6 ways to beat surging electricity bills

Published: December 7, 2017
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Increasing electricity demands by residential sector have exacerbated Pakistan’s energy crisis. A middle-class household with five to six members on average uses a refrigerator, washing machine, television, laptop, two air-conditioners and kitchen-specific home appliances. The circular debt in the energy sector can be attributed to not only ballooning population and increasingly tech-savvy households but also wasteful practices.

Inefficient home appliances result in a shocking 25% electricity wastage.  For example, 20-years-old refrigerators use 50% more power than updated ones.  Additionally, over-stuffing the refrigerator, neglecting its maintenance, putting hot items in it and keeping the door open for a long time overburdens it.  Invest in latest energy saving fridge, place it in a warm and well-ventilated area, clean the condenser coils regularly and keep the temperature between 35 and 38 degrees Celsius.

Artificial heating and cooling systems add unnecessary pressure on electric supply PHOTO: conservationmagazine.com

Artificial heating and cooling systems add unnecessary pressure on electric supply PHOTO:Conservation Magazine

According to U.S. Environmental Protection Agency, phantom power alone accounts for 10% of the monthly bill. This is the power consumed by appliances like iron, television and air-conditioner when they are off but still plugged in. A power-strip in each room can save valuable time and money.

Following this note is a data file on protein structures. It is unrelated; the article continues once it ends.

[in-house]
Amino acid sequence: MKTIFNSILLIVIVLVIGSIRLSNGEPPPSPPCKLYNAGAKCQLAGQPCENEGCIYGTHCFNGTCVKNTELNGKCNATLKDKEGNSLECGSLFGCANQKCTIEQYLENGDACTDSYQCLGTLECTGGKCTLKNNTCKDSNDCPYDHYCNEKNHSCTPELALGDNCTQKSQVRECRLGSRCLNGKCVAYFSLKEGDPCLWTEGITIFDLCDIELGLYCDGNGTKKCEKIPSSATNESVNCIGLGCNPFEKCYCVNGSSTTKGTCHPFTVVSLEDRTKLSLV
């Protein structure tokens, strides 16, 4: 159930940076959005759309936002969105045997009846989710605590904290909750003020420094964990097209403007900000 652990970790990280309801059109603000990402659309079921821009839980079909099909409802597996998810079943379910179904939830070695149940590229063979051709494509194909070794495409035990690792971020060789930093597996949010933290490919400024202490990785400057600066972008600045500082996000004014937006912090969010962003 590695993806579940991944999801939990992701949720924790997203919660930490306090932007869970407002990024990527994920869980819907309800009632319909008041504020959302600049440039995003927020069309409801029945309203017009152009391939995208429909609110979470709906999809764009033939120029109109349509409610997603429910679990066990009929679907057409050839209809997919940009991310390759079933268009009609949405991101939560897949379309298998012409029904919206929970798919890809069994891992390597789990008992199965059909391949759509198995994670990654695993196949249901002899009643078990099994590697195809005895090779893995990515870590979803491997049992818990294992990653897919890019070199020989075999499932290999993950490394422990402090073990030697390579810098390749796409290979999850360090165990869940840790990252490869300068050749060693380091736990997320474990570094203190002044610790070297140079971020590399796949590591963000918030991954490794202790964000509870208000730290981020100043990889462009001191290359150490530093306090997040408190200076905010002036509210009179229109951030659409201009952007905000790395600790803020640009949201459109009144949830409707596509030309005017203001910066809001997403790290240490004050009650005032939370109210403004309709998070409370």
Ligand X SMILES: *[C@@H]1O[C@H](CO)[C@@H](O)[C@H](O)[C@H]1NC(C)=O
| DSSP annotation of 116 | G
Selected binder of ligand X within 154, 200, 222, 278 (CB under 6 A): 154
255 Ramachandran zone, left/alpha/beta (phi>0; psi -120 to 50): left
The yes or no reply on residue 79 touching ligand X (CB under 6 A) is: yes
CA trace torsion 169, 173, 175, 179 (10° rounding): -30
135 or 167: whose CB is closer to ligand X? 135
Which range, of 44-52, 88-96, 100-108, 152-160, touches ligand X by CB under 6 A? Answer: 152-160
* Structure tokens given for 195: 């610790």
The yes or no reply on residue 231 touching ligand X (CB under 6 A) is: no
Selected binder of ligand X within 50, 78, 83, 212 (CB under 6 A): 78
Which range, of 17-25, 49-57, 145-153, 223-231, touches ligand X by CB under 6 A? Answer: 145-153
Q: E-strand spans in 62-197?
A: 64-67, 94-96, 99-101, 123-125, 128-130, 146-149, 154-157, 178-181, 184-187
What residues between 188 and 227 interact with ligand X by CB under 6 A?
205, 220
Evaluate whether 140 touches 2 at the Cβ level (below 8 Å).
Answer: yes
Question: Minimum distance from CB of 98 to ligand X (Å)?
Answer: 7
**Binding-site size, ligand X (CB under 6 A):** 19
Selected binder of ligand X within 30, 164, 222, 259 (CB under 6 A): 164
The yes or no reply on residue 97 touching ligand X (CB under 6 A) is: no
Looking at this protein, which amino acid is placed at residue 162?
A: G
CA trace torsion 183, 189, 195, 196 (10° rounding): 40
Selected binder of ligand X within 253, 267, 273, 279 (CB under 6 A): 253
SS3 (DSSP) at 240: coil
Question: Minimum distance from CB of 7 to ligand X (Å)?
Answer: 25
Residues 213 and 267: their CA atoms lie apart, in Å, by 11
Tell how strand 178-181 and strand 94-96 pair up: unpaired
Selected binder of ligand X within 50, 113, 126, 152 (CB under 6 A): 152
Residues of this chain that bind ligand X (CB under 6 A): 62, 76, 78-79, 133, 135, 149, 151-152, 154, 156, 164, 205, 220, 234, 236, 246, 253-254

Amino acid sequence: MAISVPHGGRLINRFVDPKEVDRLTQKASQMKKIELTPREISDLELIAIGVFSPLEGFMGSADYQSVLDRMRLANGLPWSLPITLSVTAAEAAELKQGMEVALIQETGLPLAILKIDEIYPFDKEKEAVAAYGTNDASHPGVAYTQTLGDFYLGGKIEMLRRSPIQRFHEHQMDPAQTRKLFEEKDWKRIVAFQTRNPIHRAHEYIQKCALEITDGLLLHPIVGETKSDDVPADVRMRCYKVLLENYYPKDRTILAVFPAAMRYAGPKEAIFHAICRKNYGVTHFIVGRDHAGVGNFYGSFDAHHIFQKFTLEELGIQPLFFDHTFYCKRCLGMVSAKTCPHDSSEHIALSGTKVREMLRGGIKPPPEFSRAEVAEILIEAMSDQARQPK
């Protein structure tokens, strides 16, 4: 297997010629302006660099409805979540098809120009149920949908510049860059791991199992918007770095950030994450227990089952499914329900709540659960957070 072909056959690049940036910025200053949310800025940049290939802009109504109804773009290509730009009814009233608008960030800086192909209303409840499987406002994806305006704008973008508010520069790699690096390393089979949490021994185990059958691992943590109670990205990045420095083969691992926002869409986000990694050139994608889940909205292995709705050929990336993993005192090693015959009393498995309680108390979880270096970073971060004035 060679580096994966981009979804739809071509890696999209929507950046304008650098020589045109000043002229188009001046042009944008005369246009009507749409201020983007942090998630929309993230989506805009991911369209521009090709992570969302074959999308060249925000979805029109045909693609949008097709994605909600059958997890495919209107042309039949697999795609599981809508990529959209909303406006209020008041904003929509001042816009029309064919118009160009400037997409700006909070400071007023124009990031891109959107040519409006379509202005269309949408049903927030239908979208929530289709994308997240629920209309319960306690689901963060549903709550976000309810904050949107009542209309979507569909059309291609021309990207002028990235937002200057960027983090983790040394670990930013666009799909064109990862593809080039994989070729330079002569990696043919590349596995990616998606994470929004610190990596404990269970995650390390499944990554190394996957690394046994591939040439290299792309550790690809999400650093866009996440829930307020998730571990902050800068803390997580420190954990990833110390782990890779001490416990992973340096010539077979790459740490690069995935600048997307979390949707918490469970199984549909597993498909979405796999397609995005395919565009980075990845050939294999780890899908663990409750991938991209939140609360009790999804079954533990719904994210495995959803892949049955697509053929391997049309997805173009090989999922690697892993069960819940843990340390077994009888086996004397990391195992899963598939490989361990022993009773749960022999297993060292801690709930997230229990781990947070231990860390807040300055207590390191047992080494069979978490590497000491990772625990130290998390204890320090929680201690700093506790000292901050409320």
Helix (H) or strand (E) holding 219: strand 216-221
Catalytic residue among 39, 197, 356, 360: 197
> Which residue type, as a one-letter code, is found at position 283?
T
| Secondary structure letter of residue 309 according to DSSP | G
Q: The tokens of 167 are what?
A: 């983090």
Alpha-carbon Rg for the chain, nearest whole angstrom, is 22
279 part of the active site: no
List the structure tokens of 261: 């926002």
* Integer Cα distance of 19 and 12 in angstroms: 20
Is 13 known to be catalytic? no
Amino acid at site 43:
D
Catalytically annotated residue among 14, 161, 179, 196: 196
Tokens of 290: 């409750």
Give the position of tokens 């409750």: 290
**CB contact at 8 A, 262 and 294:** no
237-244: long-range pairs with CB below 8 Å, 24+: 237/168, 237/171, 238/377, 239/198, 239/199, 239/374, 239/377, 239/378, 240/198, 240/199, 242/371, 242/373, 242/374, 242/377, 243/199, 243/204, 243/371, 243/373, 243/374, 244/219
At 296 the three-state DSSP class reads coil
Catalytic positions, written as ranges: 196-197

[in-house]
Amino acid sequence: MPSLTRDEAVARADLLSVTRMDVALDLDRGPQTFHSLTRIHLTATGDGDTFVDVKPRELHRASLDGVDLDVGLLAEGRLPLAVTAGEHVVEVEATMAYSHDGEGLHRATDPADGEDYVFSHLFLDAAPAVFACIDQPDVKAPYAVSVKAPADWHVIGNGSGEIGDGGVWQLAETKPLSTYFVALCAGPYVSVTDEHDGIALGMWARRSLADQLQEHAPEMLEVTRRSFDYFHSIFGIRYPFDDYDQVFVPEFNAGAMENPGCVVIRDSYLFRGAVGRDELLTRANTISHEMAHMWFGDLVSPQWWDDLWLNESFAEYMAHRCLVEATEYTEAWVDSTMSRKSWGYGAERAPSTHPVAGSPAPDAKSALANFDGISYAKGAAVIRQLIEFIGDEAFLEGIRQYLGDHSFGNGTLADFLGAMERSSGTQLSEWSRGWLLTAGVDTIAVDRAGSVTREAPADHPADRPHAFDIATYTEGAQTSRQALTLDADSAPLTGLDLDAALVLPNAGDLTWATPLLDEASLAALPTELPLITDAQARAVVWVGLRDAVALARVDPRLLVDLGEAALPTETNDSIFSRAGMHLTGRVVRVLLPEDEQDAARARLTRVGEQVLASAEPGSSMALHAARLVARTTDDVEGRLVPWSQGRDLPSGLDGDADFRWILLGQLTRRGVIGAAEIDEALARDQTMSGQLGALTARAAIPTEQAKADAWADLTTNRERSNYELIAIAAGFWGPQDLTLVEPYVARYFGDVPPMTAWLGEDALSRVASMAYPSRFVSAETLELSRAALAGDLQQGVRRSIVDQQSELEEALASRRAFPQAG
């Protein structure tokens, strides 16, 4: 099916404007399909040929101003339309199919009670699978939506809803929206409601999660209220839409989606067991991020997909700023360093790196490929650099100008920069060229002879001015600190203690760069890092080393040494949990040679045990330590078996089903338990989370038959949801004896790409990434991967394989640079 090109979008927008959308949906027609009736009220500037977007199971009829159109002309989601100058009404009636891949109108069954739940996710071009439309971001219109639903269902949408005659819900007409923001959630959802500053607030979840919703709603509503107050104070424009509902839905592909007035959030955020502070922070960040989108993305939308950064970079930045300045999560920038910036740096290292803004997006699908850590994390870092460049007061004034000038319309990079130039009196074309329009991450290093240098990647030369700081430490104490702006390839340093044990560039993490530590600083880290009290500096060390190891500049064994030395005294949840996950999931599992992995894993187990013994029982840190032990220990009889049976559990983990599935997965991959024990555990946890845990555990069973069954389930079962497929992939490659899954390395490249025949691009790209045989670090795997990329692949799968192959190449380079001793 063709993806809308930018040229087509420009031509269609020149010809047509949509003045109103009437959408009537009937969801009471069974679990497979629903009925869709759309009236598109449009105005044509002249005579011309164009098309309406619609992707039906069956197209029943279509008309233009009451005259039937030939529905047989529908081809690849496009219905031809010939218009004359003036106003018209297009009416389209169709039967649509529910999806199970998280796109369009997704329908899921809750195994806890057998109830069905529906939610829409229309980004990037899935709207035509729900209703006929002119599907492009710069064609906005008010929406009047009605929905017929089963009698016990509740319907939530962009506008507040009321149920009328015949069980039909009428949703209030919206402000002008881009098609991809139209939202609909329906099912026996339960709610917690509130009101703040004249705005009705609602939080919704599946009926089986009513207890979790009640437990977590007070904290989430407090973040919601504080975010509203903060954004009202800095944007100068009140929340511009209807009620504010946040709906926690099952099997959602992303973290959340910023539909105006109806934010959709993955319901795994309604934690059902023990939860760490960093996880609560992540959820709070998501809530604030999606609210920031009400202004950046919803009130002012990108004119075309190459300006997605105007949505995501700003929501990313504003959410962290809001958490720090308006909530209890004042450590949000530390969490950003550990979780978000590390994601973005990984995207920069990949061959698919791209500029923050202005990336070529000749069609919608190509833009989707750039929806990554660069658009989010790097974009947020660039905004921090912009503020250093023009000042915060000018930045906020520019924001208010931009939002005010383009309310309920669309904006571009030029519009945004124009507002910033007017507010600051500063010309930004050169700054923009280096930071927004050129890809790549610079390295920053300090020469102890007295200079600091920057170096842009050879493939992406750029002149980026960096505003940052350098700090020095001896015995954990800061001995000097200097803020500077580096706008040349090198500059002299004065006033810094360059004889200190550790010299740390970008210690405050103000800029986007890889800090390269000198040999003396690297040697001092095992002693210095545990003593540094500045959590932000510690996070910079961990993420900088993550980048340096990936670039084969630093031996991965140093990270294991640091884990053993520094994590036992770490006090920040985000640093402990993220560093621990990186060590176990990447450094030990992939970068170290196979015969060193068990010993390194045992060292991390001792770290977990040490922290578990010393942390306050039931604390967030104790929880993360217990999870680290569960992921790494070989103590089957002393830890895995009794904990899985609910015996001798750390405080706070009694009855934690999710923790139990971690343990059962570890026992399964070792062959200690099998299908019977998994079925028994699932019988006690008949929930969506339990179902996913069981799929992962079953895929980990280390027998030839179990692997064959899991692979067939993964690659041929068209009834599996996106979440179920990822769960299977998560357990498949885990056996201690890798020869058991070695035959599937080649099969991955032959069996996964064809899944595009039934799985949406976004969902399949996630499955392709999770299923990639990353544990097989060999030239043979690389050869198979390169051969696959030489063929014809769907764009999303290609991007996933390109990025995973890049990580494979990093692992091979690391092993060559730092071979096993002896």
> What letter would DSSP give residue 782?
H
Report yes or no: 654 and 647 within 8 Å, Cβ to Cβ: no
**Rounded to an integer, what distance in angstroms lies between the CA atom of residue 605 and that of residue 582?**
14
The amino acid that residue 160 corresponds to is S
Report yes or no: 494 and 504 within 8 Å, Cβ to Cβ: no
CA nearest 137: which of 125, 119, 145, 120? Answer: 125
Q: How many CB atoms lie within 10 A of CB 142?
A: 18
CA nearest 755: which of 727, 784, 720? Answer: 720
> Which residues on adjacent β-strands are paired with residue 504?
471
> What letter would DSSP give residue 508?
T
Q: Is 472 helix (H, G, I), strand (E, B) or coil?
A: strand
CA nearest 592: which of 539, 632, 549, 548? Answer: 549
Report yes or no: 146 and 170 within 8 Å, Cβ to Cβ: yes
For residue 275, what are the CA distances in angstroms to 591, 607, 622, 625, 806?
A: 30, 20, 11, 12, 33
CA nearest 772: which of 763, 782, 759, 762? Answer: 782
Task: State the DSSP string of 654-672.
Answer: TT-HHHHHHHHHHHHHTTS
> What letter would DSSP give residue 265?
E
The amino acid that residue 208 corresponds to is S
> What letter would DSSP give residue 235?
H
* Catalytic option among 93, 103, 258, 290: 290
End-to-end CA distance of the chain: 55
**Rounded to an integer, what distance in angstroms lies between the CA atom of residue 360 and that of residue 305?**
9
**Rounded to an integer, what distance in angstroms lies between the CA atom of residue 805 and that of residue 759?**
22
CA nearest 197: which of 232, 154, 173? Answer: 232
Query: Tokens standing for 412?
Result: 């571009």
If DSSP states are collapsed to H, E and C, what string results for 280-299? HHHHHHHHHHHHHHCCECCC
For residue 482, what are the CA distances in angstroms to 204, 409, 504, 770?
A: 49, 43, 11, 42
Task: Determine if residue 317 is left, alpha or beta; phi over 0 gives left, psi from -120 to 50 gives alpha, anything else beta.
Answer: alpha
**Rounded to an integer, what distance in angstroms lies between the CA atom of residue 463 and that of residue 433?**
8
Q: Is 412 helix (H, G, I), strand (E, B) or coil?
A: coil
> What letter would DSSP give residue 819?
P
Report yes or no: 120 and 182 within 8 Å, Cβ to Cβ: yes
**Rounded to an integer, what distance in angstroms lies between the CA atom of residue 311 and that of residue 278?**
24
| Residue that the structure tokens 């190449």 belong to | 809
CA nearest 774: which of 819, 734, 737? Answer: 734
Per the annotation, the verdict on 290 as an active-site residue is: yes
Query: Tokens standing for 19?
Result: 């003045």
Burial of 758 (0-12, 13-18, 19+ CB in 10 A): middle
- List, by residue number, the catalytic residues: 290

Replacing incandescent bulbs with compact fluorescent light bulbs (CFLs) is the most effective way to slow down the meter. CFLs have a longer life and are 10% more efficient than regular bulbs which waste 99% electricity. This means that old bulbs give out 1% as light energy and the rest is wasted in the form of heat energy.

Old, orange bulbs may be burning a hole in your pocket

Old, orange bulbs may be burning a hole in your pocket

Air-conditioners with their perpetual presence in Pakistan’s scorching summers account for 60% of the bill. One can recuperate the initial high price of an inverter in just three months since it lowers electricity bill by 35%.  Furthermore, regular maintenance of the air-conditioner ensures that it does not have to over-work as there is a steady out-flow of air.

According to Home Energy, 13% of the electricity is used by a washing machine to heat the water, 81% to dry clothes and only 6% to wash them. Hence, one should ideally wash clothes in cold water or use natural hot water from 12pm to 4pm and air-dry them afterwards

Use front-load washers to conserve electricity. PHOTO: Reuters

Use front-load washers to conserve electricity. PHOTO: Reuters

Forbes warned that hefty desktop computers guzzle up 80% more electricity than laptops and gaming PCs need three times the energy taken up by a refrigerator. It went on to advise households and workplaces to slash 30% of the monthly bill by substituting CRT monitors with LCD, adjusting its brightness and limiting the use of gaming consoles.

Bulky monitors guzzle up electricity very quickly PHOTO: Reuters.

Bulky monitors guzzle up electricity very quickly PHOTO:Reuters.

Government driven supply-side initiatives are primarily long term which is why consumers need to look for intermediate solutions like conservation. This does not necessarily mean imposing a black-out in the house or sweating out in the heat. Smart use of household appliances can lower Pakistan’s energy needs by 17%, resulting in two less hours of daily load-shedding.


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